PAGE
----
Small Talk, Big Impact: The Power of Networking

Small Talk, Big Impact: The Power of Networking

It is not about what you know; it is about who you know.

These words have rung through my head since undergrad. Though having baseline knowledge helps get your foot in the door, the way you interact with people is what helps keep you in the room. For me, the world I want to enter is very small. Not many people want to work in avian medicine (what oddballs!) and even less people want to work with poultry, especially someone that is going to school in an area where commercial poultry is not present at all.

The veterinary community overall is a very small one, so it is important to brighten lighthouses, not burn bridges. I think that this notion gets even more essential when one is talking about networking. Networking is not bragging, not brown-nosing, and not fake, forced conversation. Or at least it shouldn’t be. There is a big stigma against networking for those above reasons. However, that is networking gone bad. If networking is a success, you won’t end with a business card at the end of the conversation, you will end with a memory (and possibly a new friend).

Roundabout but not runaround

Networking helps you to get to know yourself. You get to learn about how you judge someone and how you critically think about your own professional career. Recently, I went to the Cornell Special Species Symposium and networked with one of the speakers from the conference. We chatted for a bit and exchanged information, but our conversation was unexpectedly cut short. I then attempted to resume the conversation the next day over email, and he astounded me by sending me back links of how to find the information I was asking about. He was not particularly familiar about my interest because he has just grazed the subject during his presentation, but he knew someone that did and encouraged me to reach out to her. I did and it turned out that she used to work for Tufts and was going to be in the area the following weekend and asked if we could meet in person to discuss. We met and the first topic of conversation was about the conference she had just attended, and how at conferences like those “you come for the subject, but stay for the people”.  Again, stressing the networking, even at an advanced professional level.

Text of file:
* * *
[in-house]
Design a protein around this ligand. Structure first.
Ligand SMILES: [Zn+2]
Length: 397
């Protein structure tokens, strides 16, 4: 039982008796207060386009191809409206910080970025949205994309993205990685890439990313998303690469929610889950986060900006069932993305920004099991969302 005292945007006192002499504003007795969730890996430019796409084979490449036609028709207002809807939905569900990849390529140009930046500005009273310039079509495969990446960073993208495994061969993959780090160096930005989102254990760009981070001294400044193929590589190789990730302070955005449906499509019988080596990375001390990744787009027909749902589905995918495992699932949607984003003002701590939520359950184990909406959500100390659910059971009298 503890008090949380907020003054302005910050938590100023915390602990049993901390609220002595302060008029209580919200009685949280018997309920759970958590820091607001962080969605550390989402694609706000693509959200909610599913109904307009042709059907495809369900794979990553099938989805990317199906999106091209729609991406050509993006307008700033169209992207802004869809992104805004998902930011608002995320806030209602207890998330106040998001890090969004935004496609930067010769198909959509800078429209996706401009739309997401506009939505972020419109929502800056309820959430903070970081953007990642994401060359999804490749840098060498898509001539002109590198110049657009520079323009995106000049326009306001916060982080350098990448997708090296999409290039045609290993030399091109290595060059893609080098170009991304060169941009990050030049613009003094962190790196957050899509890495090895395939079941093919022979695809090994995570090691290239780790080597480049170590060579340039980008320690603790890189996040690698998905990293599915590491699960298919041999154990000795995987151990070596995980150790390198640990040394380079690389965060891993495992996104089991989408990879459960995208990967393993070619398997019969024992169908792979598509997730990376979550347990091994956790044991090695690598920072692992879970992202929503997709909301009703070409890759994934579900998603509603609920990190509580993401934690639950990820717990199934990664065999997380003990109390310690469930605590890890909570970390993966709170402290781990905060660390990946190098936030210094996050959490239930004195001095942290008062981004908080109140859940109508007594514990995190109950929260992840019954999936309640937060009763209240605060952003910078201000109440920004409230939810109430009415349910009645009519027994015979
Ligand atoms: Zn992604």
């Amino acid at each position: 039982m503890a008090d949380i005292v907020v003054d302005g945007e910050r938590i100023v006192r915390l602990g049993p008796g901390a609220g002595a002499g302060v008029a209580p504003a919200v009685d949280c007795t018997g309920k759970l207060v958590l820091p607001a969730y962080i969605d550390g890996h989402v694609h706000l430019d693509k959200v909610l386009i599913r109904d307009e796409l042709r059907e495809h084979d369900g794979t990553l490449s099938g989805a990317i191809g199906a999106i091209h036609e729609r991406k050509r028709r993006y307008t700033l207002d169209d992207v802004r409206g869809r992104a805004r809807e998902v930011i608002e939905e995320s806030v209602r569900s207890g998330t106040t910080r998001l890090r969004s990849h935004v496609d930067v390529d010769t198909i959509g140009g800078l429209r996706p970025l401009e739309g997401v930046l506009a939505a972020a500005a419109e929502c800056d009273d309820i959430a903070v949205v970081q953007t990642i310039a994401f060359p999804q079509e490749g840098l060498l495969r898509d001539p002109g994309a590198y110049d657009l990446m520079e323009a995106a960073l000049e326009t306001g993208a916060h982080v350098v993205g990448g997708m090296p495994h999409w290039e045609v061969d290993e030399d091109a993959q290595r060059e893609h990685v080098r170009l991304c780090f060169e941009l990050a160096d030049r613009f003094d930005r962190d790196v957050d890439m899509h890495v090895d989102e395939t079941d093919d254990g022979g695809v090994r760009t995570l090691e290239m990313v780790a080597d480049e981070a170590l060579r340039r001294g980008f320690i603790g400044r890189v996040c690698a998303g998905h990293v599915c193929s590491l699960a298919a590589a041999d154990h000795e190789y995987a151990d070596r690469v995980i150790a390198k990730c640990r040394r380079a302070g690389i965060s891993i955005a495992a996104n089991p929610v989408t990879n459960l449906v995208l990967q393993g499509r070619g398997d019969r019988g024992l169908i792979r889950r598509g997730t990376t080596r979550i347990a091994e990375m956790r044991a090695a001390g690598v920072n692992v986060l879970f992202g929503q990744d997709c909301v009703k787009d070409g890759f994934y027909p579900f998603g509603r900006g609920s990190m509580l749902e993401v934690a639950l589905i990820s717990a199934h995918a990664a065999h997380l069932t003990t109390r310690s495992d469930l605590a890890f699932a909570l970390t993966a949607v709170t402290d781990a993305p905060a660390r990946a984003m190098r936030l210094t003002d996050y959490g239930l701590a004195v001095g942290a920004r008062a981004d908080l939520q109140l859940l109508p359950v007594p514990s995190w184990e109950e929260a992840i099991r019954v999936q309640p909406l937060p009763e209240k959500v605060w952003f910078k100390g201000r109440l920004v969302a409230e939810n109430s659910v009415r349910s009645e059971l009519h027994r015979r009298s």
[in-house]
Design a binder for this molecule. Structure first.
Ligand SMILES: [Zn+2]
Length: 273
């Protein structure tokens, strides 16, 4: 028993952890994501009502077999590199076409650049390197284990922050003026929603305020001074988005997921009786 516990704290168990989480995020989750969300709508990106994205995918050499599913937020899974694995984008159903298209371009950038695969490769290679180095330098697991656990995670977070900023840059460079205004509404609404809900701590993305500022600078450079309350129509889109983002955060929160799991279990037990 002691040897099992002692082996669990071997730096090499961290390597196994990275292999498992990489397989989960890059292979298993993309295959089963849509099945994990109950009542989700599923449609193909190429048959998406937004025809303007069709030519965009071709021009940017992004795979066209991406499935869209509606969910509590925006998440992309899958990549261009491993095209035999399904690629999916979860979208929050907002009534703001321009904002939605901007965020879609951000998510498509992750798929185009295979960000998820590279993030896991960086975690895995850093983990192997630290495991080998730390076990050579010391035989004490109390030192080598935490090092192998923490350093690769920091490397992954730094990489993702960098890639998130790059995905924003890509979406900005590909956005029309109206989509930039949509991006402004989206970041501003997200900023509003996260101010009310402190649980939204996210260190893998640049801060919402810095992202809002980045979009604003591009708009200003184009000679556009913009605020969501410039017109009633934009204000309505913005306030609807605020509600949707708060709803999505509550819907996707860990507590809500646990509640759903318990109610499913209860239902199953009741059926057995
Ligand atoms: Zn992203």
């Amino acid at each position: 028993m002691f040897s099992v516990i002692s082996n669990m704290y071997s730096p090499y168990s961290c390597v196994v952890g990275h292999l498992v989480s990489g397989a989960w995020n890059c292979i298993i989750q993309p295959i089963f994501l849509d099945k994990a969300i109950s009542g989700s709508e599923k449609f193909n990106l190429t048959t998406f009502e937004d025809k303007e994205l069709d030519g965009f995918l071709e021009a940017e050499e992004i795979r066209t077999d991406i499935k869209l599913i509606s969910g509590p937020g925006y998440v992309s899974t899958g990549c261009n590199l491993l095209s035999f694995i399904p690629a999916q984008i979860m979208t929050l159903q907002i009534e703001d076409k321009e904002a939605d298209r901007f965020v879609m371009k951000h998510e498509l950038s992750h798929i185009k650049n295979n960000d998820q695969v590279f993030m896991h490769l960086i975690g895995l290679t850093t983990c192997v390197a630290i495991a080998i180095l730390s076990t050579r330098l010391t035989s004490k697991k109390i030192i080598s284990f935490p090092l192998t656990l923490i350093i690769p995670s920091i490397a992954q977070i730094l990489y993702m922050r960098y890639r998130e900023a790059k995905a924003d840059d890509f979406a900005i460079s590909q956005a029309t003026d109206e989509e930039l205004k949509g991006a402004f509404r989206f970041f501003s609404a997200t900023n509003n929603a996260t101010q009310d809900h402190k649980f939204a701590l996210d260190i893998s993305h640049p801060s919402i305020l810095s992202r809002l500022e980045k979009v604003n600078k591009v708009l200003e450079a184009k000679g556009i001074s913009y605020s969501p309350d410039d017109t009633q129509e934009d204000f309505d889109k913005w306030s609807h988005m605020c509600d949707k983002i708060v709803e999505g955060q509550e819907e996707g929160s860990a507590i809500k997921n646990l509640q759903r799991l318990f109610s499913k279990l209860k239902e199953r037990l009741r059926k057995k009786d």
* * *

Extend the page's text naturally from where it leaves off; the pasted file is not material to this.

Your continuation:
What’s your POV?

Being the Food Network nerd that I am, I am always thinking about the term “POV” (as heard in “Food Network Star”™). POV means “point of view” and is the basis of why the contestants cook and what they want to teach their viewers. I think POVs (amended in our field as “practical opinions of vets”) are what is and should be the forefront of any networking encounter. Yes, our field is based on technical skills, but the POV are the nuggets of wisdom that people will remember. Even greenhorns to the field like myself still can provide the POVs, but our POV has a fresh outlook on the industry that helps experienced professionals see something from a different perspective. This either cements practices that are already in place or helps to reconfigure the industry. Veterinary medicine is so varied because of this dialogue between new and old, always changing POVs.

Challenge

So, with that, I challenge my fellow Jumbos (or whoever is taking the time to kindly read this), take this little challenge this summer: network at least once this summer. Through your jobs, internships, or even your vacation, meet someone new and strike up a conversation. Bring what you have learned up to this point and don’t just dazzle, but inspire. Inspire the person you are networking with to see veterinary medicine in a slightly different way, and more importantly learn something new about their POV of the field. Engage in a dialogue that you can bring back to North Grafton this fall. I can’t wait to hear who you’ve met and who has had the honor of meeting you.

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